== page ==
We’ve also made it a lot easier for users to figure out what’s going wrong — the errors that PostGraphile outputs now are no longer cryptic errors as they have been in the alpha and beta periods, but instead helpful errors detailing not only what went wrong, but in many cases hinting at how you might fix it. If you come across any cryptic error messages, please do file an issue so that we can fix it.

Getting Started

We’ve dedicated a lot of time to the PostGraphile documentation, and this will be continually improved over the coming weeks and months. We’ve included a full Version 4 Feature Guide and Version 3 to Version 4 Migration Guide — so do check them out whilst you upgrade.

Getting started with PostGraphile is as easy as giving it your PostgreSQL database connection string, e.g. for a local database called my_db, assuming you already have Node.js 8.6 or higher installed you can use the bundled npx utility and run:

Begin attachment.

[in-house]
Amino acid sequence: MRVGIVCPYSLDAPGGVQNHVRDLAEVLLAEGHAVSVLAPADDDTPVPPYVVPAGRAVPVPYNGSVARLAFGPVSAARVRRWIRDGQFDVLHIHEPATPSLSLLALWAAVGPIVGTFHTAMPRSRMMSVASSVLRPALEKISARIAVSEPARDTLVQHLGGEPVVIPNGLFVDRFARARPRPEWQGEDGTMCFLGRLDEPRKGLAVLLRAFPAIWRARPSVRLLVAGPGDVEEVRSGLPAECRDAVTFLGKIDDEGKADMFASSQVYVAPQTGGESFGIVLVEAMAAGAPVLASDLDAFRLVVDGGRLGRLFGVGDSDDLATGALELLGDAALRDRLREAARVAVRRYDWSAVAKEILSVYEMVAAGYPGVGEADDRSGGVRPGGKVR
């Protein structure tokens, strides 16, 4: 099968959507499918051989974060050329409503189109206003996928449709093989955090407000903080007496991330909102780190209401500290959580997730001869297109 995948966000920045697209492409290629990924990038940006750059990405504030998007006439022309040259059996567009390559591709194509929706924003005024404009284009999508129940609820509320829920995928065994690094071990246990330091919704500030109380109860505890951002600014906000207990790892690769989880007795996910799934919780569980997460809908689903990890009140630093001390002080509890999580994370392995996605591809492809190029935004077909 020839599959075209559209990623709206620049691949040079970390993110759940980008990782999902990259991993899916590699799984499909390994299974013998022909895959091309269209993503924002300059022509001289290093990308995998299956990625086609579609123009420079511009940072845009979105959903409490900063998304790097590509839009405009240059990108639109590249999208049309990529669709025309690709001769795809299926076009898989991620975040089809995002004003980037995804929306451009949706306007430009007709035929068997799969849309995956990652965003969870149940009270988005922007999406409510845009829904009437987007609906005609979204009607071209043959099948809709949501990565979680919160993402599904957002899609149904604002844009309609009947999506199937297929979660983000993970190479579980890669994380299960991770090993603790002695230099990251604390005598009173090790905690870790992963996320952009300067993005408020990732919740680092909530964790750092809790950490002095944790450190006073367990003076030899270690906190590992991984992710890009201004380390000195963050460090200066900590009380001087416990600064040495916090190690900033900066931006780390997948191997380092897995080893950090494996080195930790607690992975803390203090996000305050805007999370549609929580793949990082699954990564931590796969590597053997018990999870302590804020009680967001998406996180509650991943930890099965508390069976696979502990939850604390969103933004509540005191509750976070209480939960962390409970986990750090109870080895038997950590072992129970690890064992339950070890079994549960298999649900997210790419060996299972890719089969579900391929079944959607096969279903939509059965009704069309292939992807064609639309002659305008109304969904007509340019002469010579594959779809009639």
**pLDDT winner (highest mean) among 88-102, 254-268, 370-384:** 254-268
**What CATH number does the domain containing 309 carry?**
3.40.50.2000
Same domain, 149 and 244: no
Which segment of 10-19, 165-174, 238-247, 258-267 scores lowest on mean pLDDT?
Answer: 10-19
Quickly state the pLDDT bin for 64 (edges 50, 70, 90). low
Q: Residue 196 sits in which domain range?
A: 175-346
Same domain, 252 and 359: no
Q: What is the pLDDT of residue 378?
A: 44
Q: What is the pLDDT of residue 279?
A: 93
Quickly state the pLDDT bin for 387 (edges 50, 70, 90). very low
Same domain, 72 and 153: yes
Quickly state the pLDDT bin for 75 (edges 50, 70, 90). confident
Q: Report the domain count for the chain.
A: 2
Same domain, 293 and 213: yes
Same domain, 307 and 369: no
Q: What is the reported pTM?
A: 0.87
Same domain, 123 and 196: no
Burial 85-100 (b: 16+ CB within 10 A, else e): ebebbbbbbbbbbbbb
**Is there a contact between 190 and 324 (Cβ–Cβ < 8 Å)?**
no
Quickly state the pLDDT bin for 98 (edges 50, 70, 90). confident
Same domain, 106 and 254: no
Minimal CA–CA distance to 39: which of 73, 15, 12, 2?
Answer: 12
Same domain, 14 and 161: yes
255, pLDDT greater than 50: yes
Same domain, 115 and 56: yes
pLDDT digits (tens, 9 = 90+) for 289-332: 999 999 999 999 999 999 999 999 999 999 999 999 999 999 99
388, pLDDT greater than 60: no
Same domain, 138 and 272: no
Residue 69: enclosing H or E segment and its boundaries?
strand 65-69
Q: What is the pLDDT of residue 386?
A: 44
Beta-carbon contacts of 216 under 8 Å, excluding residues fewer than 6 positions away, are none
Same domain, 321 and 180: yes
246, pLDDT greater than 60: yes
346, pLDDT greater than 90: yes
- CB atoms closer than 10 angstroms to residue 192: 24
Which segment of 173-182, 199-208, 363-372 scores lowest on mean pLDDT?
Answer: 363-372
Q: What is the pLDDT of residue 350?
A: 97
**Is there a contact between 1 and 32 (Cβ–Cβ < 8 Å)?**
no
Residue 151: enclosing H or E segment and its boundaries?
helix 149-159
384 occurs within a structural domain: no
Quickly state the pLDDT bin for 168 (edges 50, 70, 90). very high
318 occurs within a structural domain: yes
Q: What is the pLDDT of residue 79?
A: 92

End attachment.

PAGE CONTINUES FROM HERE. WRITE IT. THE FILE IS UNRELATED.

npx postgraphile -c my_db --watch

The watch mode will monitor your PostgreSQL database for changes (added or removed tables, columns, constraints, comments, functions, etc) and automatically update the GraphQL schema. Our built in GraphiQL UI will also automatically update the documentation browser, without losing your state.

Please Support PostGraphile Development

PostGraphile version 4 has been a labour of love, but sadly love doesn’t pay the bills! Sponsorship is now close to funding a day per week dedicated to PostGraphile development, and this support is growing every month which is already leading to more features and faster releases. Please consider if you can support PostGraphile development via Patreon — a regular donation means more time spent on PostGraphile.

Whether you can sponsor PostGraphile or not, there are other ways you can help:

And follow our new Twitter account @GraphileHQ for more updates.

The more people that use and support PostGraphile, the faster fixes and features can be added, and everyone benefits!

I want to take this opportunity to say a huge to the community for supporting my work on PostGraphile, without you version 4 would not be nearly as exciting a release!